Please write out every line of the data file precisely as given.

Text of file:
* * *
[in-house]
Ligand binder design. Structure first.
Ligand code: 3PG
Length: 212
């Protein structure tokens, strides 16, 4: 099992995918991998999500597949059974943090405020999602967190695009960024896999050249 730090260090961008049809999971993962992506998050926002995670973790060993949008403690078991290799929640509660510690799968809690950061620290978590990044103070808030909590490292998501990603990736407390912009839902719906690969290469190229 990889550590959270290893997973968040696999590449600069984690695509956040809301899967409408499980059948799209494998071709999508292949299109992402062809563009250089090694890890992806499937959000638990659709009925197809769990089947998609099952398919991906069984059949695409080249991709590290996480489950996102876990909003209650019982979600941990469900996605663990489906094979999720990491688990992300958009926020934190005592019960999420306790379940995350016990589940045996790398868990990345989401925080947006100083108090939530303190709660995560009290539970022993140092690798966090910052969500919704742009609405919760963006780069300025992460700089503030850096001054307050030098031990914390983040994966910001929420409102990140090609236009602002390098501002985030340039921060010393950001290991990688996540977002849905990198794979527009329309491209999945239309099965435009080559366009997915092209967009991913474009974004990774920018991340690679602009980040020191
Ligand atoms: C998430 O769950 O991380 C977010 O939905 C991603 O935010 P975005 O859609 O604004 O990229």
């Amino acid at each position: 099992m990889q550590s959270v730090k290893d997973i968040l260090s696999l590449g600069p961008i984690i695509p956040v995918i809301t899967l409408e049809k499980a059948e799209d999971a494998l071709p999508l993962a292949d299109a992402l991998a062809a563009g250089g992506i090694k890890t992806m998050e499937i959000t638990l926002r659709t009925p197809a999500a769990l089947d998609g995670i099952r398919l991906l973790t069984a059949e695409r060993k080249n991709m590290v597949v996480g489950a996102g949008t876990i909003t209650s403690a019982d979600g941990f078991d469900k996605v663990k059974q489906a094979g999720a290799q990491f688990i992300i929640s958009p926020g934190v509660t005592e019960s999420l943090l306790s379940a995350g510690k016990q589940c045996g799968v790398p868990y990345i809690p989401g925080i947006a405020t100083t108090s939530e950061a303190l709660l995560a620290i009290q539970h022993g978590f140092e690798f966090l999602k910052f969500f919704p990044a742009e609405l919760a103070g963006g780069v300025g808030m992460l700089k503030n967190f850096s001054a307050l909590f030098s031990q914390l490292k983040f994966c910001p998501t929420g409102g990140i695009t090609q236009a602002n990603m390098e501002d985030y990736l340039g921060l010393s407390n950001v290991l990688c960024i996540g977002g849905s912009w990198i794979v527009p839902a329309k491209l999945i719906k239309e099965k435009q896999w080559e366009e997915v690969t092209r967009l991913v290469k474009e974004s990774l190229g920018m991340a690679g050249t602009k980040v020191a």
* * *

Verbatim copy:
[in-house]
Ligand binder design. Structure first.
Ligand code: 3PG
Length: 212
């Protein structure tokens, strides 16, 4: 099992995918991998999500597949059974943090405020999602967190695009960024896999050249 730090260090961008049809999971993962992506998050926002995670973790060993949008403690078991290799929640509660510690799968809690950061620290978590990044103070808030909590490292998501990603990736407390912009839902719906690969290469190229 990889550590959270290893997973968040696999590449600069984690695509956040809301899967409408499980059948799209494998071709999508292949299109992402062809563009250089090694890890992806499937959000638990659709009925197809769990089947998609099952398919991906069984059949695409080249991709590290996480489950996102876990909003209650019982979600941990469900996605663990489906094979999720990491688990992300958009926020934190005592019960999420306790379940995350016990589940045996790398868990990345989401925080947006100083108090939530303190709660995560009290539970022993140092690798966090910052969500919704742009609405919760963006780069300025992460700089503030850096001054307050030098031990914390983040994966910001929420409102990140090609236009602002390098501002985030340039921060010393950001290991990688996540977002849905990198794979527009329309491209999945239309099965435009080559366009997915092209967009991913474009974004990774920018991340690679602009980040020191
Ligand atoms: C998430 O769950 O991380 C977010 O939905 C991603 O935010 P975005 O859609 O604004 O990229």
């Amino acid at each position: 099992m990889q550590s959270v730090k290893d997973i968040l260090s696999l590449g600069p961008i984690i695509p956040v995918i809301t899967l409408e049809k499980a059948e799209d999971a494998l071709p999508l993962a292949d299109a992402l991998a062809a563009g250089g992506i090694k890890t992806m998050e499937i959000t638990l926002r659709t009925p197809a999500a769990l089947d998609g995670i099952r398919l991906l973790t069984a059949e695409r060993k080249n991709m590290v597949v996480g489950a996102g949008t876990i909003t209650s403690a019982d979600g941990f078991d469900k996605v663990k059974q489906a094979g999720a290799q990491f688990i992300i929640s958009p926020g934190v509660t005592e019960s999420l943090l306790s379940a995350g510690k016990q589940c045996g799968v790398p868990y990345i809690p989401g925080i947006a405020t100083t108090s939530e950061a303190l709660l995560a620290i009290q539970h022993g978590f140092e690798f966090l999602k910052f969500f919704p990044a742009e609405l919760a103070g963006g780069v300025g808030m992460l700089k503030n967190f850096s001054a307050l909590f030098s031990q914390l490292k983040f994966c910001p998501t929420g409102g990140i695009t090609q236009a602002n990603m390098e501002d985030y990736l340039g921060l010393s407390n950001v290991l990688c960024i996540g977002g849905s912009w990198i794979v527009p839902a329309k491209l999945i719906k239309e099965k435009q896999w080559e366009e997915v690969t092209r967009l991913v290469k474009e974004s990774l190229g920018m991340a690679g050249t602009k980040v020191a």